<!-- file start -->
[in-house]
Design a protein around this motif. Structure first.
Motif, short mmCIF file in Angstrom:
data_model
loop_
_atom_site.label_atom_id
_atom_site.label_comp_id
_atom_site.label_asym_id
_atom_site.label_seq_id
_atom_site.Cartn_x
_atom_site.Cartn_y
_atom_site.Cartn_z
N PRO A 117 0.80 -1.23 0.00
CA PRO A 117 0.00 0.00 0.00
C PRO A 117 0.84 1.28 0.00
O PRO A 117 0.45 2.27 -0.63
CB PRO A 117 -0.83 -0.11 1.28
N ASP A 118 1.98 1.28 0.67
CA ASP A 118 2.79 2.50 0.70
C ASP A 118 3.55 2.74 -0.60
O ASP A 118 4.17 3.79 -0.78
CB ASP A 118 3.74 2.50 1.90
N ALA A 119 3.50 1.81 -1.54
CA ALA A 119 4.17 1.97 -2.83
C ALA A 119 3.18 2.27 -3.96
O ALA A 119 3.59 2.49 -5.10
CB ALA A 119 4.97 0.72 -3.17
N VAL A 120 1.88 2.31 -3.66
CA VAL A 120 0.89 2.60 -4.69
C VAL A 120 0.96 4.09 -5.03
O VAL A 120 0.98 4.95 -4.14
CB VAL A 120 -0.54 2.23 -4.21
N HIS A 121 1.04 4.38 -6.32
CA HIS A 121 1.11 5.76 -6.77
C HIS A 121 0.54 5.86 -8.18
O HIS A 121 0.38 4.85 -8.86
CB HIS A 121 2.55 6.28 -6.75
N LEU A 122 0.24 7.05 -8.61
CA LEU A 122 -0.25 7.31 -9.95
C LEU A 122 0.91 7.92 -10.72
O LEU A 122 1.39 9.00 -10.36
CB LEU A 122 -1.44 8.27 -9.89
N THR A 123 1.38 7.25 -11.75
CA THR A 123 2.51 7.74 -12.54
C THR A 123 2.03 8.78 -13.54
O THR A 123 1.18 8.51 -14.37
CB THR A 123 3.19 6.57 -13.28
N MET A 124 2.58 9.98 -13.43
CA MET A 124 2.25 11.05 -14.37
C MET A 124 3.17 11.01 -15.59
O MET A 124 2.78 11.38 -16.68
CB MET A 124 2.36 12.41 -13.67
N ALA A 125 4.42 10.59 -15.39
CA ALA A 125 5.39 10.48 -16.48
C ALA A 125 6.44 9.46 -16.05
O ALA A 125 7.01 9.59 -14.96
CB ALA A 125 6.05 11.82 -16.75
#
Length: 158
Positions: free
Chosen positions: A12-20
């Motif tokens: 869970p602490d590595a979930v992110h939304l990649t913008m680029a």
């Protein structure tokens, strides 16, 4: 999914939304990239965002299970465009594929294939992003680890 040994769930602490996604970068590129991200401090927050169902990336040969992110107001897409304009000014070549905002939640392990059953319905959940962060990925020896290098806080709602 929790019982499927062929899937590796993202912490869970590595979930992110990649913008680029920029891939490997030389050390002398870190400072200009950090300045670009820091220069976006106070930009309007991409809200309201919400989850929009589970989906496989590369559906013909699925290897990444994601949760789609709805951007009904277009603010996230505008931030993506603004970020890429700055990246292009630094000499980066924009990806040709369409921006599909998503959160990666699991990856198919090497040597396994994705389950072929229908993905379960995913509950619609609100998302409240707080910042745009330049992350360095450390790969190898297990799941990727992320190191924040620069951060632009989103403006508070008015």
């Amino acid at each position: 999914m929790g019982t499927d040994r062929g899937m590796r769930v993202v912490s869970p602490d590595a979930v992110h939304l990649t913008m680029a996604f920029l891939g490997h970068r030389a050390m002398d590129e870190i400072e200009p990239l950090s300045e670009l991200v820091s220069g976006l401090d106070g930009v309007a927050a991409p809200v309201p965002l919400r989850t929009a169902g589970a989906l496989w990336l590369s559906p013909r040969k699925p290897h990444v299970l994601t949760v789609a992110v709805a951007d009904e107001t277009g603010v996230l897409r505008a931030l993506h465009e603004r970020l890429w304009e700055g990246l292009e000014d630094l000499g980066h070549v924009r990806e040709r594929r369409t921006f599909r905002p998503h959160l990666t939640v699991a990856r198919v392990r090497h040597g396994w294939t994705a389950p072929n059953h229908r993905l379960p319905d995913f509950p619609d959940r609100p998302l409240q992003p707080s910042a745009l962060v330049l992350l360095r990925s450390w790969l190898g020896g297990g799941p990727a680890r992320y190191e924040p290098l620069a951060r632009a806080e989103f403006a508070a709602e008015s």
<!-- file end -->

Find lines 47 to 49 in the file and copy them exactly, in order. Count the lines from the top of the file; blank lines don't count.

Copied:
CB THR A 123 3.19 6.57 -13.28
N MET A 124 2.58 9.98 -13.43
CA MET A 124 2.25 11.05 -14.37